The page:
Tesla also tried to bring workers back to the office. Elon Musk threatened to terminate employees who refused to come back. But when they did get back in office, there weren’t enough parking spaces or desks to accommodate all of the pandemic-era hires. The WiFi wasn’t strong enough to support their work, and management told employees to continue working from home.
Growth issues aside, the data continue to show that people want to work remotely, or at least have the option to. Of course, remote work isn’t everybody’s cup of tea. Some people really thrive in an office, and that’s okay. But for companies with a hard and fast line on returning to the office, it’s more challenging to attract — and retain — top talent.
Even though remote job postings have shrunk from 25% to 14% post-pandemic, the smaller pool of remote jobs are drawing 52% of the applications, according to LinkedIn.
At Purpose Jobs, we’re still seeing enormous demand for remote work. Over 90% of the job seekers in our community are open to or prefer remote work.
A look ahead at the Midwest startup & tech community in 2023
So what’s in store next year for the Midwest startup and tech ecosystem? Here are some predictions we have for the community.
1. Remote flexibility will continue to attract top candidates — and help retain the current team.
But it’s also key for startups to double down on more meaningful benefits like scheduling flexibility, health and wellness. Companies that meet candidates (and current employees) where they are will find the most success.
2. VC dollars may be slow, but Midwest startups will continue to grow.
Midwest startups are less reliant on VC investments to begin with. 2023 will be all about steady and sustainable growth. You can expect to see continued job postings from Midwest startups, but they may not be in such high numbers that we saw in 2021.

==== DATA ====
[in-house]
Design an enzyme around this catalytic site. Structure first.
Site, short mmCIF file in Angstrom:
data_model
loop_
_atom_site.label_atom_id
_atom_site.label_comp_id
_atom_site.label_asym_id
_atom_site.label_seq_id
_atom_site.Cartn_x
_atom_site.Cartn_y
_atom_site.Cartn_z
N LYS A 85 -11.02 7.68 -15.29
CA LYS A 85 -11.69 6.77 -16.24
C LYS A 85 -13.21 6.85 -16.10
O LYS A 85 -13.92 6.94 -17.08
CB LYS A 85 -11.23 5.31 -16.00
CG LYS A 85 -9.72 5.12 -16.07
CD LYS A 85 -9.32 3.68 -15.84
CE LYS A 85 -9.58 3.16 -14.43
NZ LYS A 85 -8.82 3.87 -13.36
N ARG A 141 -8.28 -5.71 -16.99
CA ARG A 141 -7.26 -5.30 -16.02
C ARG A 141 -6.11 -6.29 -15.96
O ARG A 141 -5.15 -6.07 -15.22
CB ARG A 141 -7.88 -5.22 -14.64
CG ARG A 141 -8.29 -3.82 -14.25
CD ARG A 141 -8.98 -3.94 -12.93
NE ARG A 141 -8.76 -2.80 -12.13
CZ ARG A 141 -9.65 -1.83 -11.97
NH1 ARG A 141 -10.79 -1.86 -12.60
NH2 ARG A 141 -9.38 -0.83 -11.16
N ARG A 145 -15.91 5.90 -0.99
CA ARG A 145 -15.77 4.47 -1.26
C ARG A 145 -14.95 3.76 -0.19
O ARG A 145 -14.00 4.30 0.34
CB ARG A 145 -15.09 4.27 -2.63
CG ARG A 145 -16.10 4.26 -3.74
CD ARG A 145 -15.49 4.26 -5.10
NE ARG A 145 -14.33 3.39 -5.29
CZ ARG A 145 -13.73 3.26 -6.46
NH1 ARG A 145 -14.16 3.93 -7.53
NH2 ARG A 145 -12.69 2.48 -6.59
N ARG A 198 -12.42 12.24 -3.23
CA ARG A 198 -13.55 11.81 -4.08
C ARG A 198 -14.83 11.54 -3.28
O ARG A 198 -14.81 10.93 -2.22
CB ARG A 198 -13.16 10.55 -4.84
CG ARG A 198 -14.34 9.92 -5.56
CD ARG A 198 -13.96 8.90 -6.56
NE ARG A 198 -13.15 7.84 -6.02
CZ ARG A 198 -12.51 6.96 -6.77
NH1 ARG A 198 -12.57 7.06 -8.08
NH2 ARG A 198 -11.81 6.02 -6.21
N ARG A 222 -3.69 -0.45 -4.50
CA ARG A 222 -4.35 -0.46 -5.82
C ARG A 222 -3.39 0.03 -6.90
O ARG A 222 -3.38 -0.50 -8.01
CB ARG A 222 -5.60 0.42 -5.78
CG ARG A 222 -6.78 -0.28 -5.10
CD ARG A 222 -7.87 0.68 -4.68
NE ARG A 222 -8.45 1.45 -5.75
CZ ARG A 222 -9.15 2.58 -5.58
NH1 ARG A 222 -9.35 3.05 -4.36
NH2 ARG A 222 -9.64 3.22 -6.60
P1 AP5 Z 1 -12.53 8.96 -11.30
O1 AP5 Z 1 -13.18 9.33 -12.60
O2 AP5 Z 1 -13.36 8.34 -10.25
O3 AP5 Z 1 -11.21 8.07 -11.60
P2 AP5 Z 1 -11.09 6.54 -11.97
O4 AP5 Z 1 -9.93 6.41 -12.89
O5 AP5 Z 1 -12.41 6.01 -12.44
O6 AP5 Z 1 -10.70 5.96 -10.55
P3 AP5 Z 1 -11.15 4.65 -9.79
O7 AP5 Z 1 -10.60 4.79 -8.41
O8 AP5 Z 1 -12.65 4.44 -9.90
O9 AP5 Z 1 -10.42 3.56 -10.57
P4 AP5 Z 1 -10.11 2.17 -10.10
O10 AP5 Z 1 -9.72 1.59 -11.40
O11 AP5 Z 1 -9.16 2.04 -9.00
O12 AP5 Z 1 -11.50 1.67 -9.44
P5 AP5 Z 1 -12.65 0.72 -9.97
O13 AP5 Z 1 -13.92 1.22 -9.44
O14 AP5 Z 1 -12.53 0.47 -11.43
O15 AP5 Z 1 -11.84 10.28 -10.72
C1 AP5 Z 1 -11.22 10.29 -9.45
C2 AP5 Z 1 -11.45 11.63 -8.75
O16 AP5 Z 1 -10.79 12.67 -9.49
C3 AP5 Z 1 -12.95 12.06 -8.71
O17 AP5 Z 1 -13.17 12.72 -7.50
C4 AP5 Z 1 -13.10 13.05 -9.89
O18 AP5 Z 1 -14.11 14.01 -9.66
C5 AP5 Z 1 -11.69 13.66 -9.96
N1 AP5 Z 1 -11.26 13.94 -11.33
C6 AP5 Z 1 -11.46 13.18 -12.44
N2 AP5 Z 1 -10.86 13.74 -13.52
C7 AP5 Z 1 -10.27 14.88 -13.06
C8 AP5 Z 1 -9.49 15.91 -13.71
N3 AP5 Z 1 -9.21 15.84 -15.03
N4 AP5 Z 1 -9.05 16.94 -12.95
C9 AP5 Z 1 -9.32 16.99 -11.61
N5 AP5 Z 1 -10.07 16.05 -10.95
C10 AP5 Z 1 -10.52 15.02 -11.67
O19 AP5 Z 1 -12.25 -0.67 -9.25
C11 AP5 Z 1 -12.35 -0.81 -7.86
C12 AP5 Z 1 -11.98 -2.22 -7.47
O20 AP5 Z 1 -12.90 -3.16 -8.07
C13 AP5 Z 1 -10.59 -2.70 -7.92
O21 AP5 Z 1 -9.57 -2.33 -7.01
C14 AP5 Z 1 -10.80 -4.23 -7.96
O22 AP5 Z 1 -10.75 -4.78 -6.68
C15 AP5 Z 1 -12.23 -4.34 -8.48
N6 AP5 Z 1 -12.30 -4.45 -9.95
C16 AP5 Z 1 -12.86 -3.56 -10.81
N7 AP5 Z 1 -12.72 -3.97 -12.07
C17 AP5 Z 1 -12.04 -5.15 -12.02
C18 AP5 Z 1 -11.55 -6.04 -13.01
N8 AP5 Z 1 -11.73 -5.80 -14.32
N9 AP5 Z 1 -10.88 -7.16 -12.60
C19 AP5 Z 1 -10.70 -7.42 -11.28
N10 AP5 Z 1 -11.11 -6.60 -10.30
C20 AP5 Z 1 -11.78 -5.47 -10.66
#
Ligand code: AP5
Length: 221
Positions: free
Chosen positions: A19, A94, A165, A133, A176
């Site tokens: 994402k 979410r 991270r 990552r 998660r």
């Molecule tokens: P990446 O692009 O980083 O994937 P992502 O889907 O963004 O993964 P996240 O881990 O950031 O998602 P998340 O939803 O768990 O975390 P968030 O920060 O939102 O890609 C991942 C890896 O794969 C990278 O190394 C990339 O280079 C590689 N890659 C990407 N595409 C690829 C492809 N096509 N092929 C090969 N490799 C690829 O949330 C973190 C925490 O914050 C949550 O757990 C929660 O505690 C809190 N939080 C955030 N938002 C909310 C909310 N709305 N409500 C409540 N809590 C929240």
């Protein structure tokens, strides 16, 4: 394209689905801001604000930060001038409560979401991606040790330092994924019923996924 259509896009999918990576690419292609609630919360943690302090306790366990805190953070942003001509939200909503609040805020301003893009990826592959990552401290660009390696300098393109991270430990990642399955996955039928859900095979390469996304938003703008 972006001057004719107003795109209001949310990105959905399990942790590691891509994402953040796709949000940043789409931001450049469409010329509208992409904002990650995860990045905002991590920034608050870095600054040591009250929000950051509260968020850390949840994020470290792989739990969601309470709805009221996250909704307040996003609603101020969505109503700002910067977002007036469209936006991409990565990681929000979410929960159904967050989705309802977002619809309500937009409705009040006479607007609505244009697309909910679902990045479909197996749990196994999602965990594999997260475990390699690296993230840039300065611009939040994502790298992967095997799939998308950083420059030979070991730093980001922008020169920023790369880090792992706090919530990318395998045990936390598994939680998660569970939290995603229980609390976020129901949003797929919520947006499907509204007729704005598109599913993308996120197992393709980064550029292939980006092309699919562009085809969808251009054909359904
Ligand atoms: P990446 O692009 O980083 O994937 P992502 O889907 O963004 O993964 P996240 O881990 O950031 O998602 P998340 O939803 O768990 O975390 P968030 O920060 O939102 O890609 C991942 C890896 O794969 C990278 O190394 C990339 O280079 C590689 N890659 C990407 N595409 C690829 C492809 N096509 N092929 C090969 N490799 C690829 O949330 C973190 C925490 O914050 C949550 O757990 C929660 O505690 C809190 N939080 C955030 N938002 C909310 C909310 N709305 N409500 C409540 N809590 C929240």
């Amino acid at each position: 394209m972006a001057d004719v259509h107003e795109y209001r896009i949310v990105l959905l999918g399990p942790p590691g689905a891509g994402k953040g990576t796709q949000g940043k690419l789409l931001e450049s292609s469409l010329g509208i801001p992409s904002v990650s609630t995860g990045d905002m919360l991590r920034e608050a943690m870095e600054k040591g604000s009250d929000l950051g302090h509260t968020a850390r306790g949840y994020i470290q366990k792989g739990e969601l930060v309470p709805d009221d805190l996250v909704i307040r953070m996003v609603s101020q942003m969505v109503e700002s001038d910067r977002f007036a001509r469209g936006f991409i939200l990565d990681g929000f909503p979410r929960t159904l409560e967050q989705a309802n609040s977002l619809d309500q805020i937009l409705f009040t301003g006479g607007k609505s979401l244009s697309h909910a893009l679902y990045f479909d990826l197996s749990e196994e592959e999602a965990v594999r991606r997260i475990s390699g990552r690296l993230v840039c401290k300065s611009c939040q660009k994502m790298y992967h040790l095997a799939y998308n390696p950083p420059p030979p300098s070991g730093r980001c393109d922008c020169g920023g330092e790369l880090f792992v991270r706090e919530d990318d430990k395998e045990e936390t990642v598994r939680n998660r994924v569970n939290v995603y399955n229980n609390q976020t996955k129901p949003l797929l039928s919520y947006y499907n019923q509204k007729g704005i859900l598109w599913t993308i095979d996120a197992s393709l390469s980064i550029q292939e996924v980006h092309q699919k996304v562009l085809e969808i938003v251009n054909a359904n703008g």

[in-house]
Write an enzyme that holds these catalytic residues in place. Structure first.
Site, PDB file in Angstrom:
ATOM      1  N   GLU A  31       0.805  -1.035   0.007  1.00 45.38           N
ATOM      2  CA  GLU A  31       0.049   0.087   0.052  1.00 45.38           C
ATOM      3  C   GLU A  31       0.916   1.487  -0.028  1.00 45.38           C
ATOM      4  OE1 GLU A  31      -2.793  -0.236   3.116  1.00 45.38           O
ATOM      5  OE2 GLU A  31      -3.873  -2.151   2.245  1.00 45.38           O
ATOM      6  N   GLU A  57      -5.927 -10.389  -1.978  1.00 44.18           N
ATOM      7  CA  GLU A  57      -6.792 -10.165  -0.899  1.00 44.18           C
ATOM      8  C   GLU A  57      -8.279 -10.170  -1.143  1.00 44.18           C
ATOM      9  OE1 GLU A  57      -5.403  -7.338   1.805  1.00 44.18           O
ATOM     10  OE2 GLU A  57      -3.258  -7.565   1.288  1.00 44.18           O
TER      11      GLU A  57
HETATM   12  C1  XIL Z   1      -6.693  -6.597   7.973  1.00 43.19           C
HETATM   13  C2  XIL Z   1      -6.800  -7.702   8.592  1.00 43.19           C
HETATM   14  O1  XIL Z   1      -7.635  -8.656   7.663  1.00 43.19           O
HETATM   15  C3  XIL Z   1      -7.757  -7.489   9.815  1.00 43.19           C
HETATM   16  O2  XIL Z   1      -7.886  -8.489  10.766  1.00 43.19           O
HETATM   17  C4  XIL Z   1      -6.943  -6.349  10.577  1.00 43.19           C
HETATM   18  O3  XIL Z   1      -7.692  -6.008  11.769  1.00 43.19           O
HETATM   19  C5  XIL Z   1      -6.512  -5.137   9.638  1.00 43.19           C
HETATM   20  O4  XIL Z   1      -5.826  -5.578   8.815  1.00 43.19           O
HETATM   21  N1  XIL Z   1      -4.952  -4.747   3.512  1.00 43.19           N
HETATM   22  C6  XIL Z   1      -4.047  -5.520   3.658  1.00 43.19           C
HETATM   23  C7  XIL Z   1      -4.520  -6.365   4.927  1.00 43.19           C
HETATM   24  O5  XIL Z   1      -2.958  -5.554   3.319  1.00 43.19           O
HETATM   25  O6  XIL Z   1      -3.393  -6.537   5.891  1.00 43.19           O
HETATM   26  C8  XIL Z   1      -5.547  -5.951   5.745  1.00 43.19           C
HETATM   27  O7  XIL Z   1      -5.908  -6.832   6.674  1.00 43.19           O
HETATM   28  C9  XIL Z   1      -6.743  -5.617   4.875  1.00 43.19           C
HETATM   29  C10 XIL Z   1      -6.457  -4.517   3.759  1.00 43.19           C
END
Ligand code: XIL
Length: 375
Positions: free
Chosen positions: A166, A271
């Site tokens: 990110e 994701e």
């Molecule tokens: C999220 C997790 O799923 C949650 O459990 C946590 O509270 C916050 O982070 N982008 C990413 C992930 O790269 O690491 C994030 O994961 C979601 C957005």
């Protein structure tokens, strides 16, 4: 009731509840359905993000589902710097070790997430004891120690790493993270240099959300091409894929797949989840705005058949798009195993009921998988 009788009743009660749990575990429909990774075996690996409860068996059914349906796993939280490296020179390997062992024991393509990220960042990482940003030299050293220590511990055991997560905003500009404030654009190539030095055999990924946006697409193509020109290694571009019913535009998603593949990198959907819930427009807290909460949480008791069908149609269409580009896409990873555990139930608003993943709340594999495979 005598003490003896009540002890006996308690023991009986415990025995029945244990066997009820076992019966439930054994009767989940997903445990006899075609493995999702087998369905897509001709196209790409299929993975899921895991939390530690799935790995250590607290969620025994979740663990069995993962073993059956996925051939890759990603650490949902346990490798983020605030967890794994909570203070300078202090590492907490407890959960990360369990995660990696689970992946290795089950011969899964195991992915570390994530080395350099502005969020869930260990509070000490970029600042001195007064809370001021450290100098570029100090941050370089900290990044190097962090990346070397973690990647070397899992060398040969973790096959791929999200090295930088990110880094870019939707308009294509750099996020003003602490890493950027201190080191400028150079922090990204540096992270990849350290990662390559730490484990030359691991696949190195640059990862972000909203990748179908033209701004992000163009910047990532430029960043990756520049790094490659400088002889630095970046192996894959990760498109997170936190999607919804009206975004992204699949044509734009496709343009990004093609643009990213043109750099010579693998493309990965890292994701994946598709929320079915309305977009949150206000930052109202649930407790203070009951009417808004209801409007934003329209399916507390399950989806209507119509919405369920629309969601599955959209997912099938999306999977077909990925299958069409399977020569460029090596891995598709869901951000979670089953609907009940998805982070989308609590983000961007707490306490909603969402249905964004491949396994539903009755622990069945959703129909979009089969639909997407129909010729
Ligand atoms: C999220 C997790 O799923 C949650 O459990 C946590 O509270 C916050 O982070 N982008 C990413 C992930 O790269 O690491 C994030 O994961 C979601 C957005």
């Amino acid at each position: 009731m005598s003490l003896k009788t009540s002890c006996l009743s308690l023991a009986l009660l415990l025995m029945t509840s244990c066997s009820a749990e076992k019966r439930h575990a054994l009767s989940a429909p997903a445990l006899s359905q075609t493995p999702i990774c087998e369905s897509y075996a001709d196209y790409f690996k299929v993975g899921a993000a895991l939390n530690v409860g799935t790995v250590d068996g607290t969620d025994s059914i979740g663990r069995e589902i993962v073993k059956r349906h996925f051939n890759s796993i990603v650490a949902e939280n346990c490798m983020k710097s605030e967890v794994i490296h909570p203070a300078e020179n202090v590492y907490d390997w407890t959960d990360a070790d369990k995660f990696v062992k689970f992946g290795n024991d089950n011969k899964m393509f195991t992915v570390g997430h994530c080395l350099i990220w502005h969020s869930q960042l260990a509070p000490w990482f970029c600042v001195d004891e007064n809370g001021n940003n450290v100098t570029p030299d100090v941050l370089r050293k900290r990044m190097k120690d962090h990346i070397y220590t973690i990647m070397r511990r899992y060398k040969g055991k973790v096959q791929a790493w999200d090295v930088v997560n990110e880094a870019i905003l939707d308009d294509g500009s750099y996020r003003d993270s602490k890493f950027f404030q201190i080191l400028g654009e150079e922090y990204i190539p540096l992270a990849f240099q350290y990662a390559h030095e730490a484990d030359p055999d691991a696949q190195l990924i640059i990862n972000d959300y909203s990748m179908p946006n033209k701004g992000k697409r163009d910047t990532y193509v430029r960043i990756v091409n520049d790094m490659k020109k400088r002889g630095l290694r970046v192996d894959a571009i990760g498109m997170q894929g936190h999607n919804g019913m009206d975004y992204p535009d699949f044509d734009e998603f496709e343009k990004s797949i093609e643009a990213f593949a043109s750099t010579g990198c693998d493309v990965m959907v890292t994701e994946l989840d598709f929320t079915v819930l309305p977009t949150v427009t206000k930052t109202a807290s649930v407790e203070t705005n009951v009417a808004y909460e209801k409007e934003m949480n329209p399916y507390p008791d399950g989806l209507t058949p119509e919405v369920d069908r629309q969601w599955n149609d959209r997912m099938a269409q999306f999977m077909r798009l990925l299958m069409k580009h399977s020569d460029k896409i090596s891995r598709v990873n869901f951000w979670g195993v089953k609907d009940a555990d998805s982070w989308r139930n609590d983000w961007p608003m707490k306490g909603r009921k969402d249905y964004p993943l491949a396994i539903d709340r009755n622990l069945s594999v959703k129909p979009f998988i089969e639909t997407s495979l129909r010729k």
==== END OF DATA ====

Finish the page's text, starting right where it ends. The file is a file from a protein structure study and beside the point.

3. Manufacturing enters a new, high-tech era.
With Intel breaking ground on its $20 billion investment in central Ohio, Detroit increasingly becoming a hub for EV development, and Pittsburgh continuing to be leaders in AI and robotics, the Midwest is on track to become the #1 place to be for tech innovations: semiconductors, autonomous vehicles, electric vehicles, robotic welding, and everything in between. The manufacturing of old that has been synonymous with the Midwest for a century is now entering into a new era of high tech innovation.
Image source: General Motors
4. Community will be all the more important.
Community is always our number one priority, but as things get challenging and the startup and tech ecosystem continues to grow, community will be all the more important. The strength of our community determines the strength of our ecosystem. Expanding networks, attending in-person and virtual events, finding new opportunities, making new friends . . . all of that will play a big role in the growth of the Midwest startup and tech ecosystem in 2023.
What are you looking forward to next year?